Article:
Tanning Teenager

by drnieman on June 4, 2011

in Monthly

Q: My 17 year old teenager says she is frustrated by the lack of sunshine this past spring. She wants to go to a tanning salon to get rid of her pale skin. Her friends are all “healthy looking” and tanned in preparation for their prom. I am confused by the conflicting advice I get from doctors and the tanning salon staff who I find very helpful?

A: It is not uncommon that during this rainy time of the year teenagers get upset with their pale, pasty appearances. Tanning salons see an increase in customers as a result.

It is reported that one in 4 teenagers between the ages of 13 and 19 used a tanning salon at least once. Girls tend to outnumber boys. A girl is also more likely to visit the tanning salon if her mother uses it.

In Alberta there is no current legislation that bans tanning if you are under the age of 18 years. However in Nova Scotia, New Bruinswick and in the lower Vancouver Island area, teens under the age of 18 may find it hard to get admission into a tanning salon. In France and Germany teens are banned from salons. In the USA, 30 states have either banned the practice or insisted on parental supervision or consent. In some state taxes are added at salons hoping that it may discourage users or reduce the number of visits.

Currently all over North America there is an ongoing movement to ban tanning indoors under the age of 18. Cancer societies, dermatologists, pediatricians and organizations such as Health Canada and the FDA all have advocated for such legislation. Medical associations in various provinces also joined in or are in the process of doing that.

The number one concern regarding the safety of indoor tanning is the increased risk for skin cancer. Of the top three kinds of skin cancer, malignant melanomas are the most deadly. The overall incidence of melanomas has increased over the past decade and currently it is estimated that 15.2 per 100, 000 Canadians will get melanomas. In 2009, five thousand Canadians were diagnosed and 1, 000 died. Other skin cancers are basal cell carcinoma and squamous cell carcinoma.

The risk for melanomas increases by 75% when excessive sun exposure took place before the age of 30 years.

Some people are more at risk for developing skin cancer when exposed to ultraviolet radiation. These are people with light skin, freckles, moles and red hair.

Ultraviolet radiation (UVR) comes in rays with different wave lengths. The main focus is on UVA and UVB. The skin produces melanin when exposed to UVR. This darkens the skin. UVA has a more immediate effect (tanning takes place quicker) The UVR which causes burning of the skin is UVB. Over time, the continued skin damage may lead to DNA damage.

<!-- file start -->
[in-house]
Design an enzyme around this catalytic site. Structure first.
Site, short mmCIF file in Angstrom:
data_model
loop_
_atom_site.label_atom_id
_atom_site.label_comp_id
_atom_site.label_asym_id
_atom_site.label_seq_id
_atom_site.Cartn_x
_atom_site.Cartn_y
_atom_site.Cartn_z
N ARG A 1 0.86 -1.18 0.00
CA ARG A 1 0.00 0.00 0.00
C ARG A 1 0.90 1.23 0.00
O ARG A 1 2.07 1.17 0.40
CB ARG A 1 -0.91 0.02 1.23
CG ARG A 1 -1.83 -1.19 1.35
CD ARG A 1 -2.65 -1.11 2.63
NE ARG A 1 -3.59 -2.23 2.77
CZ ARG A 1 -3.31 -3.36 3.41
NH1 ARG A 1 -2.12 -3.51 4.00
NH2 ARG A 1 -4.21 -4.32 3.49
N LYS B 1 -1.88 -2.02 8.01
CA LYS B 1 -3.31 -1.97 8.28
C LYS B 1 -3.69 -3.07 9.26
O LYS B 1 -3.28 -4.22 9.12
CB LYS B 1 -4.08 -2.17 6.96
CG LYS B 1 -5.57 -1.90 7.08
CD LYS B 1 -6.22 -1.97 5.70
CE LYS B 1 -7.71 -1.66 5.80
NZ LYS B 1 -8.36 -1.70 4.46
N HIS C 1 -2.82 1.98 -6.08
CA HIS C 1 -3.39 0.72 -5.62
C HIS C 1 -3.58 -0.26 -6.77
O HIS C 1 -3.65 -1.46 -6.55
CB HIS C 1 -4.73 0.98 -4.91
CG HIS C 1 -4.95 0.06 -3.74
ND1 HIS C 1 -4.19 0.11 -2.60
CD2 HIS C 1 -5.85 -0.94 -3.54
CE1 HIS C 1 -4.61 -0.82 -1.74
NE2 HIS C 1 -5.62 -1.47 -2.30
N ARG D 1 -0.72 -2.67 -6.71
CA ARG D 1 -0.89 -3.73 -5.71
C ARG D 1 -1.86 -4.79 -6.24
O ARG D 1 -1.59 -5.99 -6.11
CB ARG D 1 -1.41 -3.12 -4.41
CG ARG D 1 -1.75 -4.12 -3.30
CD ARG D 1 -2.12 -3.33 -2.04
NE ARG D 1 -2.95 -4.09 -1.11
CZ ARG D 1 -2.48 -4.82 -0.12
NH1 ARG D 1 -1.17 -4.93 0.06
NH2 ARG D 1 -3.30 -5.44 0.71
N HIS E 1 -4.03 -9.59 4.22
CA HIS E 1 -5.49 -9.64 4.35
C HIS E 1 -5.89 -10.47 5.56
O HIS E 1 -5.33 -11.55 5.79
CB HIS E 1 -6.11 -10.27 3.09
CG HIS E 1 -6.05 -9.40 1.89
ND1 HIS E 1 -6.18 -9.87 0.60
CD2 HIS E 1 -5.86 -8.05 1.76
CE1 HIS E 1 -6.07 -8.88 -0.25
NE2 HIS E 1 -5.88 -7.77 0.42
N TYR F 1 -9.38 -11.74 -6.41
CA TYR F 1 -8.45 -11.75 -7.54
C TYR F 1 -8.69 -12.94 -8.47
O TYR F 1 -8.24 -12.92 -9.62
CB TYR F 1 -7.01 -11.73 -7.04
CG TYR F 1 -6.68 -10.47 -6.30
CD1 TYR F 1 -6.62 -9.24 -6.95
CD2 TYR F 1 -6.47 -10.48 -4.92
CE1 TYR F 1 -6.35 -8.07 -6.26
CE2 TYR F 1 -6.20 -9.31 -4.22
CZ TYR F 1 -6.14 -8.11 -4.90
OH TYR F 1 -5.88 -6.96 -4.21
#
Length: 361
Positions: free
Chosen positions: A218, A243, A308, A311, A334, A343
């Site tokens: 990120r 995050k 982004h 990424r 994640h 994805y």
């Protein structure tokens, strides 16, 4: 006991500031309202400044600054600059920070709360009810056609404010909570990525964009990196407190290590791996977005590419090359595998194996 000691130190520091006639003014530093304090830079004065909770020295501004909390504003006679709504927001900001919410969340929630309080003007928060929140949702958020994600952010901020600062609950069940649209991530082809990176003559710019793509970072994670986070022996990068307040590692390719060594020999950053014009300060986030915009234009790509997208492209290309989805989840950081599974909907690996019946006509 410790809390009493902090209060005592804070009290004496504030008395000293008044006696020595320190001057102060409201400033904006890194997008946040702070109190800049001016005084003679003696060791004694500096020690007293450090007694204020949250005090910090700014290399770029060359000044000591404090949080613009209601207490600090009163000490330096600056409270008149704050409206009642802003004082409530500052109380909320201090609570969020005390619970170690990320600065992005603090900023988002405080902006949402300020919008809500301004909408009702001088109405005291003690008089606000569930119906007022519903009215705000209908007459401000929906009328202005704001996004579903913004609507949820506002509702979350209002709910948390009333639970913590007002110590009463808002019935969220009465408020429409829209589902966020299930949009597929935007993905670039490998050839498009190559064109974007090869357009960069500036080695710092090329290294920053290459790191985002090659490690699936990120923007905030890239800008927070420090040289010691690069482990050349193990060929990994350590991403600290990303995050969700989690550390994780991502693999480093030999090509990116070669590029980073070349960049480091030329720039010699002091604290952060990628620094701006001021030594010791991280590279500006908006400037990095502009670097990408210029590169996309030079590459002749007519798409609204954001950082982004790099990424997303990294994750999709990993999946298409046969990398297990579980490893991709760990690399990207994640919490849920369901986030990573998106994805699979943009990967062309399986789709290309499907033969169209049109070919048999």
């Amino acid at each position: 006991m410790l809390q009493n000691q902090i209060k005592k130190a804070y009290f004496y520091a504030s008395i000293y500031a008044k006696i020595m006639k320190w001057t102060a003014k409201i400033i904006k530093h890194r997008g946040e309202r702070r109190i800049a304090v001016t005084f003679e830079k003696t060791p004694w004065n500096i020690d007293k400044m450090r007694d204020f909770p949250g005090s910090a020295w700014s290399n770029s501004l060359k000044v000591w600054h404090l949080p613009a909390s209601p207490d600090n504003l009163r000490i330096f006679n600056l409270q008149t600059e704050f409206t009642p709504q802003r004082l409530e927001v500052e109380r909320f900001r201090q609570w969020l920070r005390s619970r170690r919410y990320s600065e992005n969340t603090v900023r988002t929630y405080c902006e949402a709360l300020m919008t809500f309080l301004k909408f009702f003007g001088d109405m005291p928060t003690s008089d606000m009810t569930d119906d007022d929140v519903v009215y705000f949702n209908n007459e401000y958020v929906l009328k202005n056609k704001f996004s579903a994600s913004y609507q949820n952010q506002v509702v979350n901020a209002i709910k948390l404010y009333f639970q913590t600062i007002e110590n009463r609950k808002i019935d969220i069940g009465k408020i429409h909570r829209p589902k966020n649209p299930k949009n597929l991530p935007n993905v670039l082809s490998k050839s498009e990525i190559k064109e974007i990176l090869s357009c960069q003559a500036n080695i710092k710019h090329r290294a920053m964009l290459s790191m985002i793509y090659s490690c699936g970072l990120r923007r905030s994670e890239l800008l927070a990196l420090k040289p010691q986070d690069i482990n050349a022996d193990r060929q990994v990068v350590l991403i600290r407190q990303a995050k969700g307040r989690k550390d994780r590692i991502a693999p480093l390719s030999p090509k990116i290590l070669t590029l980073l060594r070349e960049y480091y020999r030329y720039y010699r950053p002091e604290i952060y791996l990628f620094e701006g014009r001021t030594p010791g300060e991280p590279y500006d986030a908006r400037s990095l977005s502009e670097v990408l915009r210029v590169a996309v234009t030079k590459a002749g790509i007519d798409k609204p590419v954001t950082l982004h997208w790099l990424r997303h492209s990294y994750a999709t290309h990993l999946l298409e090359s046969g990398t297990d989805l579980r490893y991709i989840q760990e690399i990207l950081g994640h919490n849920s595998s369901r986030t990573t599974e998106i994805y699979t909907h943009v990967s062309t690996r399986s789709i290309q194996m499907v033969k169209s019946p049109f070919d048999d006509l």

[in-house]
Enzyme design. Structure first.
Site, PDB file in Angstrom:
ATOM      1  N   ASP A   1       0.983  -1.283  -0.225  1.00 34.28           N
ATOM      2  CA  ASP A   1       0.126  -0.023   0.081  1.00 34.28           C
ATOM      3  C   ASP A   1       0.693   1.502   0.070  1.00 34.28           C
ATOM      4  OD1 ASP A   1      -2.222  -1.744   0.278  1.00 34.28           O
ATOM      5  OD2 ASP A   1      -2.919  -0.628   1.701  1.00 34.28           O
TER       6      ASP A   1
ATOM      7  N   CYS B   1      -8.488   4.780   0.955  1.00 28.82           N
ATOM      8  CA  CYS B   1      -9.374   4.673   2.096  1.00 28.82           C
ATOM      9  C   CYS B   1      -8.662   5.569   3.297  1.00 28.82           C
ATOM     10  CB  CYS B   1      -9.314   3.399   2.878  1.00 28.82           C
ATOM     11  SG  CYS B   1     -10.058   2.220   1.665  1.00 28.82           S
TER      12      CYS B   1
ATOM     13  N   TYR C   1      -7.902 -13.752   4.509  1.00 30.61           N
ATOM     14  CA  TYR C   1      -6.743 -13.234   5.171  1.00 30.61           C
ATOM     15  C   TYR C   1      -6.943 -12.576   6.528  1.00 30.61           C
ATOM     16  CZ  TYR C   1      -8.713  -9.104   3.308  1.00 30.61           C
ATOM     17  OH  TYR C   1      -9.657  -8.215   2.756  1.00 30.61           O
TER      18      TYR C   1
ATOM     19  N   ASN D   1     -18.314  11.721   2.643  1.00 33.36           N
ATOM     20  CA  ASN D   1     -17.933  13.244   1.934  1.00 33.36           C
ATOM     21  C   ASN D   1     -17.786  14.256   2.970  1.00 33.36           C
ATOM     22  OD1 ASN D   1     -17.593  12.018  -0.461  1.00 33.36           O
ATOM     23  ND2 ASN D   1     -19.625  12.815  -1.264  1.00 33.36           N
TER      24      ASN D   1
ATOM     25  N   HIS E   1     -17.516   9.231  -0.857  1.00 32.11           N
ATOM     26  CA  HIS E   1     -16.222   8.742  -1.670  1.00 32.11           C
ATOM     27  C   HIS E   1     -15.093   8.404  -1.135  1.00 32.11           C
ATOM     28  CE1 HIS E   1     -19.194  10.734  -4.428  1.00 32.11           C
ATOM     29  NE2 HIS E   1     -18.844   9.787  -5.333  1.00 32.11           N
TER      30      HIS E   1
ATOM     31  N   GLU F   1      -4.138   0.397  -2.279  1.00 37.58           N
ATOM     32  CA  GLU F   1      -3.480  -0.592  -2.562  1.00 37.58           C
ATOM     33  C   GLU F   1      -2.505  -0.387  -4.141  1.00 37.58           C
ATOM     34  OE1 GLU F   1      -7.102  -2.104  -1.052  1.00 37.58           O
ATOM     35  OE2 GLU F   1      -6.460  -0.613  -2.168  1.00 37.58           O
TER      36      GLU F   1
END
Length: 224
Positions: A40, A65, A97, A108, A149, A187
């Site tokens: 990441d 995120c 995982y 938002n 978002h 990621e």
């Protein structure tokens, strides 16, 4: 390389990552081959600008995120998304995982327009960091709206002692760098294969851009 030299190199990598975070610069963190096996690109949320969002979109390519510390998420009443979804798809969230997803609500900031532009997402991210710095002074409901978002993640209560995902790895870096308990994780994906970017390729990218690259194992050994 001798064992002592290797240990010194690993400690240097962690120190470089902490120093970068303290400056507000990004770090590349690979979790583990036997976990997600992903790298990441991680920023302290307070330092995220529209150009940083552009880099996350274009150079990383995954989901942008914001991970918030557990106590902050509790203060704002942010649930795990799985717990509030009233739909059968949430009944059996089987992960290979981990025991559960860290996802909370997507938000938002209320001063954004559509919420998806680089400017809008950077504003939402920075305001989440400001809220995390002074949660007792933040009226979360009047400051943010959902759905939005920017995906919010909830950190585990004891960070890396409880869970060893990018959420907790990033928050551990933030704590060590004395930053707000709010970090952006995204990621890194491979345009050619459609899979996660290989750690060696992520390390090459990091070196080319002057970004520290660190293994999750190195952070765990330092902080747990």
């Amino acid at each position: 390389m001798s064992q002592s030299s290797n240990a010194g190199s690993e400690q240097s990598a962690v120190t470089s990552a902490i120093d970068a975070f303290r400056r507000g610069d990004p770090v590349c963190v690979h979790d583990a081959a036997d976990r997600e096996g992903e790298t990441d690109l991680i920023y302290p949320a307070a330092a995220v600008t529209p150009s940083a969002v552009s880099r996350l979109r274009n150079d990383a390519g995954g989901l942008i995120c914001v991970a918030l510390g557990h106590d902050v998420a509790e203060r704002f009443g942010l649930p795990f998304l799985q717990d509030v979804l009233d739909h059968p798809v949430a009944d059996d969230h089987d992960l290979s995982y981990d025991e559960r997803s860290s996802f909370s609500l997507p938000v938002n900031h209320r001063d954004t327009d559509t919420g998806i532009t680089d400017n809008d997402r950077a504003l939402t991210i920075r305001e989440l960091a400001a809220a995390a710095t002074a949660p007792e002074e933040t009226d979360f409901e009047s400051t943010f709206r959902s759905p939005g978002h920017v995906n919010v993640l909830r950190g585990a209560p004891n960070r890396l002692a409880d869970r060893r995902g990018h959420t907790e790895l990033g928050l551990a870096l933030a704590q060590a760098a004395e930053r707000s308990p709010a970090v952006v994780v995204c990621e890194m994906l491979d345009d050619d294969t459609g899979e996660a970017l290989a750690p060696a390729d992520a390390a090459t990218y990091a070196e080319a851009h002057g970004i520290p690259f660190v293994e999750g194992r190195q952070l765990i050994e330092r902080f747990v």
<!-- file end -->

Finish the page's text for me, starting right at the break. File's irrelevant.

With repeated exposure to UVR, the skin not only becomes more prone to cancer but also to wrinkles, sagging and dryness.

In the journal Lancet Oncology, the International Agency for Research on Cancer, placed the carcinogenic risk of indoor tanning equal to exposure to cigarettes and asbestos.

The current battle between healthcare experts and the tanning industry reminds many of the past battles against cigarette companies. (The government told the public cigarettes cause cancer and industry called it absurd and unfounded, demanding  more research)

 The Canadian Tanning Association has continued to defend the safety of indoor tanning, an industry which in North America generates $5Billion per year.

The factors that always get debated are the intensity of the UVR used by tanning salons and the type of UVR. For example in the past UVA rays were used at a higher intensity in order to get a more efficient and faster tan. The Cancer Society informs us that the rays in some tanning salons are 5 times stronger than the midday sun.

Although skin cancer dominates the conversation as to the possible dangers of indoor tanning, there is also a mental health aspect to consider. Preliminary research suggests that one can actually be addicted to tanning. Exposure to UVR can lead to a release of endorphins by the brain. This makes a person feel happy, relaxed and calm—feelings many stressed out teens will find attractive.

When proponents of indoor tanning talk about the benefits of getting Vitamin D from using tanning salons, other experts counter that claim by saying one can get Vitamin D via supplements and foods instead. If Vit D supplements are used make sure it is Vitamin D3. According to the Institute of Medicine the daily dose must not be higher than 4,000 IU in adults or older teenagers.

If your teen were to rely on sunshine instead of indoor tanning to get vitamin D, remember that sunscreens will reduce the Vit D production via the skin. My advice is to first get 20 minutes of sun exposure and then apply the sunscreen. The 20 minute limit may be hard to enforce for a teenager who wants to be tanned for an upcoming prom!

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